The other limitation was the theme of McBride seeking out his father, dealing with Daddy issues, and returning to earth a changed man who will give priority to his loved ones. This is pop psychology and the movie did not really go beyond the simplistic here.  There really was not much of a deep dive into either father or son’s issues, or the broader issue of other life in the universe, on which some of the psychology was hung.  Though Interstellar did not go too much deeper, I found it a much more moving and thought-provoking movie than Ad Astra.

I think the viewing public must have had some similar thoughts.  On Rotten Tomatoes, the critic score was high at 83% and the audience score wa 42%. Similarly, on Metacritic, the critics score 80% and the user score is 59%.  Typical of some of the user reviews was the following comment: In space, no one can hear you cry about your absent-daddy issues.”

The movie is worth seeing, if only to see Brad Pitt in a very different role. Where his beauty is largely hidden and we get to see only his eyes through a space helmet visor.  But it misses greatness in my view.

The 10 greatest athletic feats of the 21st century – transcending perceived limits of mind and body

I have been following Eliud Kichoge’s bid to be the first human to run a marathon in less than 2 hours. He succeeded on Saturday with a time of 1 hour 59 mins and 40 seconds. This is an absolutely extraordinary achievement. It was not an official world record, because of the use of rotating pacemakers and because Kipchoge was handed his drinks from a bike, but it is still the fastest marathon ever run. After he finished, Kipchoge said that he had wanted to send a message to the world that no human is limited.

This made me think about a number of extraordinary feats that I’ve seen achieved in recent years and I decided to make a list of my top 10 most extraordinary human achievements in the realm of extreme feats that broke barriers and went beyond perceived limits of mind and body. Quite a few of these feats involve non-ordinary states of consciousness that need total engagement in the here-now, unity of mind and body, and transcendence of distracting thoughts and emotions. States known as “being in the zone” or “flow” to athletes, as “immovable mind” to the samurai and as samadhi to Zen practitioners.

I also decided arbitrarily to restrict my list to feats achieved in the last 20 years, or in other words, in the 21st century (counting the year 2000 as part of this century). This is an idiosyncratic list that reflects my interests and the level of amazement and awe that watching (or in one case reading an account of) the event inspired in me. You may well have a very different list, though I think at least the ones towards the top should be on most lists.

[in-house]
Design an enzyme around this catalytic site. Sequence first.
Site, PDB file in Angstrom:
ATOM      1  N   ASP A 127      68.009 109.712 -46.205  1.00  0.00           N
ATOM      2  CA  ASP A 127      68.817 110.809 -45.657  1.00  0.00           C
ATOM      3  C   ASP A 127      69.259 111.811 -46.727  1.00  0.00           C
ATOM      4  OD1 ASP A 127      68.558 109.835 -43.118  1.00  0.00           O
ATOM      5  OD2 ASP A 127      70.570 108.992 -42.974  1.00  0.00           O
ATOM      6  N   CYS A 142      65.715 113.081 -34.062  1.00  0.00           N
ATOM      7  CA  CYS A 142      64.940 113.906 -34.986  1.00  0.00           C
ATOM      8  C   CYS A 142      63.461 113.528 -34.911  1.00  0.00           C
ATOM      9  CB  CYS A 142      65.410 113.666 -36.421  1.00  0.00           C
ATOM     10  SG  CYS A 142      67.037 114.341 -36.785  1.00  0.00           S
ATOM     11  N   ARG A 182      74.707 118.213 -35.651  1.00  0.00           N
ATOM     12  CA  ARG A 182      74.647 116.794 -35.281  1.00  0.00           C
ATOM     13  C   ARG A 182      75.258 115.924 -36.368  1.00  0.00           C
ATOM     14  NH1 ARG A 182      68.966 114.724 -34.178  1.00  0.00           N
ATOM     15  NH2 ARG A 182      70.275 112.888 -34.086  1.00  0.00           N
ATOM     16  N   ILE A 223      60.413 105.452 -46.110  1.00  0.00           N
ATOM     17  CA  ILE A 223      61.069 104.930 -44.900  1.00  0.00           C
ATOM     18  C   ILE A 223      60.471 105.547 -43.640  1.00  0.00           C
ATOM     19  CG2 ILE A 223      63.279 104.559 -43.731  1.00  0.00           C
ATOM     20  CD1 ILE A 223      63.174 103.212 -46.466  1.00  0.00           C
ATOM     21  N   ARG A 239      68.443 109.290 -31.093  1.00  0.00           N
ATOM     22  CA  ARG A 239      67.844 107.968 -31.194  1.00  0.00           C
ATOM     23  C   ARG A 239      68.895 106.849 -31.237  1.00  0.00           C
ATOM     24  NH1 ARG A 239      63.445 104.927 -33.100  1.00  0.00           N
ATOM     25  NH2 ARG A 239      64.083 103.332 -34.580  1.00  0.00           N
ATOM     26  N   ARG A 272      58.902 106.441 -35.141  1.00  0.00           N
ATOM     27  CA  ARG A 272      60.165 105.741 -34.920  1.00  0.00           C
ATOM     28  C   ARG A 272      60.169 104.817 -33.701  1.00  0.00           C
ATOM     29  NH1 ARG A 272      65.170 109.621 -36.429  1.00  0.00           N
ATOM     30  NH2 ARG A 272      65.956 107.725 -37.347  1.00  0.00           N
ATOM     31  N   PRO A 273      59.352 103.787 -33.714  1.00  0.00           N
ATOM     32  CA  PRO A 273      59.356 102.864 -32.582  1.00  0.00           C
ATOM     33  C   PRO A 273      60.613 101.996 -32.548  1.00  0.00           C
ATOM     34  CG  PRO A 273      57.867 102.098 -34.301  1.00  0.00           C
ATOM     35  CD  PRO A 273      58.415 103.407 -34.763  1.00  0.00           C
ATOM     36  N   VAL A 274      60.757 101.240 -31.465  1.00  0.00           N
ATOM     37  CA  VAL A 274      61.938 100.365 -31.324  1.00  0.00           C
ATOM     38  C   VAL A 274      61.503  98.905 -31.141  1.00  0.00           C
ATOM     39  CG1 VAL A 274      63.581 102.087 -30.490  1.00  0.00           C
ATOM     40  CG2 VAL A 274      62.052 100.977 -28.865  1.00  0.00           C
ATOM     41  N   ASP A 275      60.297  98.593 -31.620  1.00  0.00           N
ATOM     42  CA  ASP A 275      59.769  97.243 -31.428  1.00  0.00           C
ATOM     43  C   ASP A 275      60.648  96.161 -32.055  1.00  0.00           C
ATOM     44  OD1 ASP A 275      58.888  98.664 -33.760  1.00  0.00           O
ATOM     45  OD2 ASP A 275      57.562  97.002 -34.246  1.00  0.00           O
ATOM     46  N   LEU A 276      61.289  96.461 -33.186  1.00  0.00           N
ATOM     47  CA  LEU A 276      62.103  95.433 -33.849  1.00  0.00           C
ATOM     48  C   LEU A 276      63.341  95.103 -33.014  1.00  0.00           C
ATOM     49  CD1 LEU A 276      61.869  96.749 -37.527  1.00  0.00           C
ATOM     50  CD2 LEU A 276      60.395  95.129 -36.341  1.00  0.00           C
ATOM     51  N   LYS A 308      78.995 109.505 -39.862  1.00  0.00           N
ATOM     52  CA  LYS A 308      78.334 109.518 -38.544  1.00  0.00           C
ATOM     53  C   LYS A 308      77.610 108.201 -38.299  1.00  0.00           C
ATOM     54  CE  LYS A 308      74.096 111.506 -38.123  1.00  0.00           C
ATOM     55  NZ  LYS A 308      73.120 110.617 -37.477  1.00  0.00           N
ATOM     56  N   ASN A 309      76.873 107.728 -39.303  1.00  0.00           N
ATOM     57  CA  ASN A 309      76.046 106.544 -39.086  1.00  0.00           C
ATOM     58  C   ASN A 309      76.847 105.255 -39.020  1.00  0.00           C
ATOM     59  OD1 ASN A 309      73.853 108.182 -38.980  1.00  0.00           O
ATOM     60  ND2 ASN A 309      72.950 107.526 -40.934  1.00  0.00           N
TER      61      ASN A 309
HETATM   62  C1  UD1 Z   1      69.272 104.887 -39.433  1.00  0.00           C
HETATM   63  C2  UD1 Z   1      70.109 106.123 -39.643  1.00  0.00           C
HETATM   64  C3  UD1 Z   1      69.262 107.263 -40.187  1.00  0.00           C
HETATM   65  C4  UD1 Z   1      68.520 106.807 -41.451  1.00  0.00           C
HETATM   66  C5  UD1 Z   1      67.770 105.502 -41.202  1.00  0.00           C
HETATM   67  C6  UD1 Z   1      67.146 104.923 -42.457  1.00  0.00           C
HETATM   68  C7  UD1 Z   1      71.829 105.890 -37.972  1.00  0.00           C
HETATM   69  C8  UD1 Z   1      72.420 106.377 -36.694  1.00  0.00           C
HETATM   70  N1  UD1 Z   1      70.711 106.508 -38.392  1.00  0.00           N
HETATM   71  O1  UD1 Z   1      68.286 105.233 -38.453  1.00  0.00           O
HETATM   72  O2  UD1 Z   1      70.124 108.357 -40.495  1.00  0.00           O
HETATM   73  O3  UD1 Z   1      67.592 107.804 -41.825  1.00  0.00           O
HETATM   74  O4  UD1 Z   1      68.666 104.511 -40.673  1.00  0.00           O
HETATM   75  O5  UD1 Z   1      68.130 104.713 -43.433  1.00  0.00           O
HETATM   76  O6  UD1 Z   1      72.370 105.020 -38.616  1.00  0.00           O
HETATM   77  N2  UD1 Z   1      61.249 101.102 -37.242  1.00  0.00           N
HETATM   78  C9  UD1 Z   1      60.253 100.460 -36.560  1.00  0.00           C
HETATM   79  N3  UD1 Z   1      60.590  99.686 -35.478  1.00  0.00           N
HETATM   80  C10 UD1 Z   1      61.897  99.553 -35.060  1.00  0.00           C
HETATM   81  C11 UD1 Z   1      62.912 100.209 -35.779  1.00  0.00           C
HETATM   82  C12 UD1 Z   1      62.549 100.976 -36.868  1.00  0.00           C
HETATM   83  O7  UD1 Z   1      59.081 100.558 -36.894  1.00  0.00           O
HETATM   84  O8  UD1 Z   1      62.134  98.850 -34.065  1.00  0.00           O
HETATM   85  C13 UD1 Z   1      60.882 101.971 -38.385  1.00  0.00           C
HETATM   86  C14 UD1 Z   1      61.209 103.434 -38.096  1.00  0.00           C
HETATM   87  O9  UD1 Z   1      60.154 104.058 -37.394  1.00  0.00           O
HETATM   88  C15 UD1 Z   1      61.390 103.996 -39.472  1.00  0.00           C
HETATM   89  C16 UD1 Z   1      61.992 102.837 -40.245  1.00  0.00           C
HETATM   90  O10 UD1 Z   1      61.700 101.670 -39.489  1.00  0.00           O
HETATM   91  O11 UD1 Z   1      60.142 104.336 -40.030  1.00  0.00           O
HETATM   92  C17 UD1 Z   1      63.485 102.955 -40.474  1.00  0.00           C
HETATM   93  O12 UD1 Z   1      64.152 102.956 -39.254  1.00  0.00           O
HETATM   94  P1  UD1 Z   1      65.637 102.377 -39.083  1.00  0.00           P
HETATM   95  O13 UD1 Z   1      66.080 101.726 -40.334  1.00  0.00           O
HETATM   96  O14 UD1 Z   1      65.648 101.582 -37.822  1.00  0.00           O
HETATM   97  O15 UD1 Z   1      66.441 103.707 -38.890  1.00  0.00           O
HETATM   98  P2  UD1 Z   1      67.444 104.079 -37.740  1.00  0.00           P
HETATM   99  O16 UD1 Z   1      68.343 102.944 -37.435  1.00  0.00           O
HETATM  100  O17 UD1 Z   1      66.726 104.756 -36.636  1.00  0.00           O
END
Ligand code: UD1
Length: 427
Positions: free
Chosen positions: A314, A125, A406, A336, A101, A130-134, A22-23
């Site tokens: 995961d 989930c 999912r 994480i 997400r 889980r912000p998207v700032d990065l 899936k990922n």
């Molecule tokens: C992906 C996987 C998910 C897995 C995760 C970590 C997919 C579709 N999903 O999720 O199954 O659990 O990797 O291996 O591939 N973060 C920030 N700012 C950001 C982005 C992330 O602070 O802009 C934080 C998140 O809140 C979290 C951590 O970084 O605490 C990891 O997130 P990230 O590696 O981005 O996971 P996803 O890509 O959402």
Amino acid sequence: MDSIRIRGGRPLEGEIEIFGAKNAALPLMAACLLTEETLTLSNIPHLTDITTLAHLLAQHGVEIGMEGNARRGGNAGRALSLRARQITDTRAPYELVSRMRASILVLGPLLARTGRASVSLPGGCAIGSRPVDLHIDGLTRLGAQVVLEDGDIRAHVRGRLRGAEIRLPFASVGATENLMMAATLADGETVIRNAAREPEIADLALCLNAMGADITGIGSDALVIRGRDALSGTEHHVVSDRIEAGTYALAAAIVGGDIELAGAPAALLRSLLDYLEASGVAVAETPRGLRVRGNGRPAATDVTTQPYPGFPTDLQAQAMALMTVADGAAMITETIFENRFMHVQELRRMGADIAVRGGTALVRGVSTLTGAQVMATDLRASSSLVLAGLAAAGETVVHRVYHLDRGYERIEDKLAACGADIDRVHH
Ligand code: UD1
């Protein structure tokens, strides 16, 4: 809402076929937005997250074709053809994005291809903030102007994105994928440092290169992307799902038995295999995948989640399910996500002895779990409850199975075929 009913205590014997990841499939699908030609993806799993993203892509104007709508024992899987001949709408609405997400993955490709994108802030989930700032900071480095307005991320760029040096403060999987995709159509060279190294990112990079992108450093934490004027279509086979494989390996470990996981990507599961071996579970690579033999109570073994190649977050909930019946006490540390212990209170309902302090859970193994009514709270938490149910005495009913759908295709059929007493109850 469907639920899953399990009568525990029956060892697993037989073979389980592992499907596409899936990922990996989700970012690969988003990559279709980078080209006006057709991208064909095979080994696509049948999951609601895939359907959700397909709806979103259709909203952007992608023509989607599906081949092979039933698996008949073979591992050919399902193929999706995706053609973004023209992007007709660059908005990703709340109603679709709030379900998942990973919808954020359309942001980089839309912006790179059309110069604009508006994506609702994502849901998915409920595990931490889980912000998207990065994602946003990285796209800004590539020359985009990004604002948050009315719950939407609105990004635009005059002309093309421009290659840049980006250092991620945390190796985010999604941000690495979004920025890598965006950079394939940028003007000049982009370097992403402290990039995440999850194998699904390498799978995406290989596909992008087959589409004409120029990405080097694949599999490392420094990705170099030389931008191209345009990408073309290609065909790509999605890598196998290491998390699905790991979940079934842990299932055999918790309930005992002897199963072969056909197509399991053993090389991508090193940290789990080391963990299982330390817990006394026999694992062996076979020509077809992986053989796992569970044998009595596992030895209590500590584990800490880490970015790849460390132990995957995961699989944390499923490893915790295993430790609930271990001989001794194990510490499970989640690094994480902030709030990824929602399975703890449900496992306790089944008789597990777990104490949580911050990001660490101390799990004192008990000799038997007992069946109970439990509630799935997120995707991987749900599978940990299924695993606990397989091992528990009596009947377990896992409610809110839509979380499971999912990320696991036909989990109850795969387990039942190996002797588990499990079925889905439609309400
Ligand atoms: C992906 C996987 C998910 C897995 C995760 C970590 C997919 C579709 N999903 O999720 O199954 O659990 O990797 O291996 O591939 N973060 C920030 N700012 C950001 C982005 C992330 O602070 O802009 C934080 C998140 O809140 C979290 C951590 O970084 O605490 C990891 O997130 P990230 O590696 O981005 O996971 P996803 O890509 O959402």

1. Alex Honnold

Alex Honnold is an American rock climber best known for his free solo ascents of big wall climbs. On June 3, 2017, he made the first free solo ascent of El Capitan, completing the 2,900-foot Freerider route in 3 hours and 56 minutes. Among other awards, the film won the Academy Award for Best Documentary Feature (2018).  I’ve reviewed Free Solo in an earlier post.  I agree with the New York Times that this is “one of the great athletic feats of any kind, ever”, and put it as number one in my list.

2. Eliud Kipchoge

On 12 October 2019, Eliud Kipchoge became the first human ever to run a marathon in under two hours. He finished in 1:59:40, holding a sub-4:34 pace for the 26.2 miles. It is an achievement to rival that of Sir Roger Bannister in 1954, the first human to run the mile in under 4 minutes.

3. Ueli Steck

Ueli Steck was a Swiss rock climber and mountaineer who specialized in solo speed ascents of Alpine and Himalayan mountains. On 17th November 2015, Ueli Stecj set a new and still unbroken record for the North Face of the Eiger, soloing it in 2 hours, 22 minutes 50.7 second. Tragically, he died on 30 April 2017 after falling during a training climb for an ascent of Everest on the West Ridge route.

4. Felix Baumgartner

On Oct. 14, 2012, the Austrian skydiver Felix Baumgartner made history by jumping from a balloon at an altitude of 39,045 km, landing safely after a nine-minute descent. He not only set a new record for the highest parachute jump (39 km or 24 miles), but became the first human to break the sound barrier without engine power, reaching a speed of  1357 km/hr or Mach 1.25. He also set records for the highest free fall and the highest manned balloon flight.

5. Eddie Hall

Eddie Hall is an English former professional strongman, who set a world record for the deadlift in July 2016 by lifting 500 kg.   This lift of 500 kg (1,102 lb; 79 st)  under strongman rules bested the world record he had previously set at 465 kg (1,025 lb) earlier that same day. The 500 kg lift made Hall pass out with blood coming from his eyes, ears and nose due to burst blood vessels in his head. He went on to win the 2017 World’s Strongest Man competition.

6. Aron Ralston

In April 2003, Aron Ralston was canyoning alone through Bluejohn Canyon when an 800-pound boulder crushed his right arm against the wall of a canyon. He was stuck beneath its weight for five days and was completely unable to free his arm. In order to save his own life, he took the drastic decision to amputate his own arm using a dull two-inch knife. He realized that his tool was inadequate to cut through the bones in his arm, so he first had to torque his arm against the boulder to break the radius and ulna bones. After freeing himself, he climbed out of the canyon, abseiled one-handed down a 65-foot cliff and then hiked 6 miles before encountering a family who summoned help. His ordeal was made into an Oscar-nominated documentary “127 Hours” in 2010.